Source: Saxo and Bloomberg.

The Saxo Group entities each provide execution-only service and access to Analysis permitting a person to view and/or use content available on or via the website is not intended to and does not change or expand on this. Such access and use are at all times subject to (i) The Terms of Use; (ii) Full Disclaimer; (iii) The Risk Warning; (iv) the Rules of Engagement and (v) Notices applying to Saxo News & Research and/or its content in addition (where relevant) to the terms governing the use of hyperlinks on the website of a member of the Saxo Group by which access to Saxo News & Research is gained. Such content is therefore provided as no more than information. In particular no advice is intended to be provided or to be relied on as provided nor endorsed by any Saxo Group entity; nor is it to be construed as solicitation or an incentive provided to subscribe for or sell or purchase any financial instrument. All trading or investments you make must be pursuant to your own unprompted and informed self-directed decision. As such no Saxo Group entity will have or be liable for any losses that you may sustain as a result of any investment decision made in reliance on information which is available on Saxo News & Research or as a result of the use of the Saxo News & Research. Orders given and trades effected are deemed intended to be given or effected for the account of the customer with the Saxo Group entity operating in the jurisdiction in which the customer resides and/or with whom the customer opened and maintains his/her trading account. Saxo News & Research does not contain (and should not be construed as containing) financial, investment, tax or trading advice or advice of any sort offered, recommended or endorsed by Saxo Group and should not be construed as a record of our trading prices, or as an offer, incentive or solicitation for the subscription, sale or purchase in any financial instrument. To the extent that any content is construed as investment research, you must note and accept that the content was not intended to and has not been prepared in accordance with legal requirements designed to promote the independence of investment research and as such, would be considered as a marketing communication under relevant laws.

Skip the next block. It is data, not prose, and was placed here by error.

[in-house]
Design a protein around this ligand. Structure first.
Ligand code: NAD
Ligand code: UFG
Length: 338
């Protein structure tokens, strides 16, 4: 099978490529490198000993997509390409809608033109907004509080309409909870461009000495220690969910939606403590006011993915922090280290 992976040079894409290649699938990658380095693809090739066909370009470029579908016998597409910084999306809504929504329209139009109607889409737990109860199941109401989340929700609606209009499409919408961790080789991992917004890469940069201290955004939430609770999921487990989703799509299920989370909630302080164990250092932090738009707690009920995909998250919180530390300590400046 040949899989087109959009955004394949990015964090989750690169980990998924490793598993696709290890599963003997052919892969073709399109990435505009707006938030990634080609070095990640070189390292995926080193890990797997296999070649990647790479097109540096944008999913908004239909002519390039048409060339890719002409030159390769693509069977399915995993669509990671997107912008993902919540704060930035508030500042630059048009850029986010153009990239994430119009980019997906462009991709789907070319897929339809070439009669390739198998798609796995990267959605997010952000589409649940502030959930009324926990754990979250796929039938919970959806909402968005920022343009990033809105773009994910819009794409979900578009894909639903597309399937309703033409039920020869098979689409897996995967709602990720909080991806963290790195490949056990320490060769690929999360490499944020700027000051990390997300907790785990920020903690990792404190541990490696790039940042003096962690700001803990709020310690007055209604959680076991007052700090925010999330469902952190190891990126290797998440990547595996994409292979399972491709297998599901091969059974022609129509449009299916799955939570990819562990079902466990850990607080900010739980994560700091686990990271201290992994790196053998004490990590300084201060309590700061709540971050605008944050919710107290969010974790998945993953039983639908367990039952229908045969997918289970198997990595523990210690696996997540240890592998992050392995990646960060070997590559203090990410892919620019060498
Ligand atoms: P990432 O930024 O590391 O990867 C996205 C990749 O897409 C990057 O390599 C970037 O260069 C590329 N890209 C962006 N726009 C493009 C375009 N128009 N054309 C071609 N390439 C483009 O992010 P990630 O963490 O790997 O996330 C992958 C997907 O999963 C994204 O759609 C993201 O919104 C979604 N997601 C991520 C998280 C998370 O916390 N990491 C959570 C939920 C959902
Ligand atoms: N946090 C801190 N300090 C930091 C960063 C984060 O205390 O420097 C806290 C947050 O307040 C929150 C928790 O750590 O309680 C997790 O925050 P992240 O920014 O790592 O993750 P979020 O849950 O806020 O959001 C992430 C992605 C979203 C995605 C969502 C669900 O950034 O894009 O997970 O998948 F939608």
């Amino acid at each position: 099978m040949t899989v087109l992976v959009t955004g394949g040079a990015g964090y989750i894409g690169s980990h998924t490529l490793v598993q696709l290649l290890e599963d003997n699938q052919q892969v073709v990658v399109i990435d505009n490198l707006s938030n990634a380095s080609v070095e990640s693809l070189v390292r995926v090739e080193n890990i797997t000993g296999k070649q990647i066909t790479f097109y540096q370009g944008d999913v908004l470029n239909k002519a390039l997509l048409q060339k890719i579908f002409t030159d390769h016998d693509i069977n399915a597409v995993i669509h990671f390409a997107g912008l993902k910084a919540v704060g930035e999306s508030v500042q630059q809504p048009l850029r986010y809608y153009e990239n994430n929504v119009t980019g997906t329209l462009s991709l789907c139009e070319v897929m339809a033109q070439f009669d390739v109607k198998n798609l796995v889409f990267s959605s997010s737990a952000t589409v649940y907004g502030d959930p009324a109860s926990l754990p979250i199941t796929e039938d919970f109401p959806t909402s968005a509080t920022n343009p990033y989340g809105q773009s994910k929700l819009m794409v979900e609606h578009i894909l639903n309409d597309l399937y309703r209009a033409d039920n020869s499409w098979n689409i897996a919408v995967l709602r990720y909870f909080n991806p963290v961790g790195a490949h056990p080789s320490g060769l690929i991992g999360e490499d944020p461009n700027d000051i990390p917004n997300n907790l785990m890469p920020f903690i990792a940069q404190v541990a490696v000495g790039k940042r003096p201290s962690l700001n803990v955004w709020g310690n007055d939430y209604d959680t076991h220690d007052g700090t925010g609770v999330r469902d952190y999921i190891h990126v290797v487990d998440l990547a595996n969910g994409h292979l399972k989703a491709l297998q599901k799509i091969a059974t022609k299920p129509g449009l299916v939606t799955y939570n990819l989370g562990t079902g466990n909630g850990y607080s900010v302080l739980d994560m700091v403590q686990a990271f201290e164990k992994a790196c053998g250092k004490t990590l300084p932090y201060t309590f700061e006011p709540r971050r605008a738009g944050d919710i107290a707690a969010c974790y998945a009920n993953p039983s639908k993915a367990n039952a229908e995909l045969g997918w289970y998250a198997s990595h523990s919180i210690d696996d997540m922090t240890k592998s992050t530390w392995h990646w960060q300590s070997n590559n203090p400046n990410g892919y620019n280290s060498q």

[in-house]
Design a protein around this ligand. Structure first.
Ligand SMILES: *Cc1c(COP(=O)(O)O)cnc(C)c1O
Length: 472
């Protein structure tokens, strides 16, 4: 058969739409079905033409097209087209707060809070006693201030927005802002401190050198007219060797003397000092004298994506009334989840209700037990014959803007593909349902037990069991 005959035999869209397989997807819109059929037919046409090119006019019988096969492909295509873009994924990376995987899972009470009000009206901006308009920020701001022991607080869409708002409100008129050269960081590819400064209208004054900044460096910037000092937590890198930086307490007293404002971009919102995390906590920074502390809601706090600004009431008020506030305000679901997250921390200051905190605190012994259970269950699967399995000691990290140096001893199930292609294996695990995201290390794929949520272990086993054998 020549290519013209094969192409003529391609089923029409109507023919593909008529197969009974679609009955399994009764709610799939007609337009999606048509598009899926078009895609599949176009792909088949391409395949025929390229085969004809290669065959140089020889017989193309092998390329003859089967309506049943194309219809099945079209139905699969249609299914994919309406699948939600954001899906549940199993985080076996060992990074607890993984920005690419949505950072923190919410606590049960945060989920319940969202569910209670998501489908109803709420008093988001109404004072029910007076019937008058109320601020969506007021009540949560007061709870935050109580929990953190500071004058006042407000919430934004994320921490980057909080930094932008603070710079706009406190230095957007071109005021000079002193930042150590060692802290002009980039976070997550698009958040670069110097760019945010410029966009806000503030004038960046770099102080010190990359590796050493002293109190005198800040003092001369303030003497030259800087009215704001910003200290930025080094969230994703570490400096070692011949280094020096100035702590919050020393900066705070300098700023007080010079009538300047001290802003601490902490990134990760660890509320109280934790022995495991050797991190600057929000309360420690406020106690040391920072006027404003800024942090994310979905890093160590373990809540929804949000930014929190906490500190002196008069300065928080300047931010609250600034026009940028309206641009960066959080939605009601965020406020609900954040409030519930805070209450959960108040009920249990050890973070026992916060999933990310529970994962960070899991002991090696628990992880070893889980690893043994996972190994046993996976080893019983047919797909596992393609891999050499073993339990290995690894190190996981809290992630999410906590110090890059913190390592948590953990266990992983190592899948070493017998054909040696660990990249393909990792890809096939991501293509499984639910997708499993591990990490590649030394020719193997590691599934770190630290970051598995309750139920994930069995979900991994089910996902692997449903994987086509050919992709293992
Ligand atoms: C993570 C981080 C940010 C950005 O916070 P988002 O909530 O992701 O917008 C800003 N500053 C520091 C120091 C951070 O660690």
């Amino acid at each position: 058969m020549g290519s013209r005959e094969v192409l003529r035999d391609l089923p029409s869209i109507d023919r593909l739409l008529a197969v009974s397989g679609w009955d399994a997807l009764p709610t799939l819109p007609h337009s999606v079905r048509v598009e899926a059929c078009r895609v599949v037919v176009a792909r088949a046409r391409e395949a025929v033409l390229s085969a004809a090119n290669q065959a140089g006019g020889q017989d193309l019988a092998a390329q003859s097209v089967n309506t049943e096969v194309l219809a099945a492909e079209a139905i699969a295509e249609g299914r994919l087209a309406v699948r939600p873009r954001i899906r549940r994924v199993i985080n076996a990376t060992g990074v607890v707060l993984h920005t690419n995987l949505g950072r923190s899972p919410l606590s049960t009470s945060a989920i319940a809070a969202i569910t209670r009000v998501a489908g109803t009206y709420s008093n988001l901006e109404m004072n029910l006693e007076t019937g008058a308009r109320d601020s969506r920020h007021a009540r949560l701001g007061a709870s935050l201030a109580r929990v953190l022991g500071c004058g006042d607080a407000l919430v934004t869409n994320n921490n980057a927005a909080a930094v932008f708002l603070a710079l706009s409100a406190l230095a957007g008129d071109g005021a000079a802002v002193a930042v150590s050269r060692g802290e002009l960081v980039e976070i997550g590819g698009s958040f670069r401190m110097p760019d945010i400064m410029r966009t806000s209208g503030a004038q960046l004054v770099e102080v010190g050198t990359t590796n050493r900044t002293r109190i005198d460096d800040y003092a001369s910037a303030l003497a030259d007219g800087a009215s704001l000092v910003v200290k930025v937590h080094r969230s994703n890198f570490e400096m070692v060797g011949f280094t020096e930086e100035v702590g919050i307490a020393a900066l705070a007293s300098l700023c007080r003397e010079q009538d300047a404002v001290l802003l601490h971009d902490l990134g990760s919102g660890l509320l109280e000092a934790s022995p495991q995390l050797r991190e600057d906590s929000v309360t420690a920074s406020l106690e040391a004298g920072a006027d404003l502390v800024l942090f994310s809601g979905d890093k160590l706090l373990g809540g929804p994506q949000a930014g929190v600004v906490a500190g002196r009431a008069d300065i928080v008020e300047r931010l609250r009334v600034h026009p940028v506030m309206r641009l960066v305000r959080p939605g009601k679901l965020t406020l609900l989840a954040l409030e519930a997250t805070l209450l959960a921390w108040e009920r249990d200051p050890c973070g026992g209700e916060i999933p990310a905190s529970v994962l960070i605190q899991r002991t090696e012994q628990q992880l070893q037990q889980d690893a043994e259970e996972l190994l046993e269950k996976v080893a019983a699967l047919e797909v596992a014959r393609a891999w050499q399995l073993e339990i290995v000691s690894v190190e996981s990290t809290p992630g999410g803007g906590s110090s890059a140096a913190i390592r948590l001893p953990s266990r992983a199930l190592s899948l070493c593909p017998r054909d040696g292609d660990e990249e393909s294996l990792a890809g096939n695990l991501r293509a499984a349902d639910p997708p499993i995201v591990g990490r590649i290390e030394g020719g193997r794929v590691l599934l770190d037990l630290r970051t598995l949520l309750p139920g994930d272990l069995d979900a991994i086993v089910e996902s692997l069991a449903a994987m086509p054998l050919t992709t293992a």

Please read our disclaimers:
- Notification on Non-Independent Investment Research (
- Full disclaimer (

None of the information contained here constitutes an offer to purchase or sell a financial instrument, or to make any investments. Saxo does not take into account your personal investment objectives or financial situation and makes no representation and assumes no liability as to the accuracy or completeness of the information nor for any loss arising from any investment made in reliance of this presentation. Any opinions made are subject to change and may be personal to the author. These may not necessarily reflect the opinion of Saxo or its affiliates.

Saxo Capital Markets HK Limited
19th Floor
Shanghai Commercial Bank Tower
12 Queen’s Road Central
Hong Kong

Contact Saxo

Select region

Hong Kong S.A.R
Hong Kong S.A.R

Saxo Capital Markets HK Limited (“Saxo”) is a company authorised and regulated by the Securities and Futures Commission of Hong Kong. Saxo holds a Type 1 Regulated Activity (Dealing in Securities); Type 2 Regulated Activity (Dealing in Futures Contract); Type 3 Regulated Activity (Leveraged Foreign Exchange Trading); Type 4 Regulated Activity (Advising on Securities) and Type 9 Regulated Activity (Asset Management) licenses (CE No. AVD061). Registered address: 19th Floor, Shanghai Commercial Bank Tower, 12 Queen’s Road Central, Hong Kong.

Trading in financial instruments carries various risks, and is not suitable for all investors. Please seek expert advice, and always ensure that you fully understand these risks before trading. Trading in leveraged products may result in your losses exceeding your initial deposits. Saxo does not provide financial advice, any information available on this website is ‘general’ in nature and for informational purposes only. Saxo does not take into account an individual’s needs, objectives or financial situation. Please click here to view the relevant risk disclosure statements.

The Saxo trading platform has received numerous awards and recognition. For details of these awards and information on awards visit

The information or the products and services referred to on this site may be accessed worldwide, however is only intended for distribution to and use by recipients located in countries where such use does not constitute a violation of applicable legislation or regulations. Products and services offered on this website are not directed at, or intended for distribution to or use by, any person or entity residing in the United States and Japan. Please click here to view our full disclaimer.

Apple, iPad and iPhone are trademarks of Apple Inc., registered in the US and other countries. AppStore is a service mark of Apple Inc. Android is a trademark of Google Inc.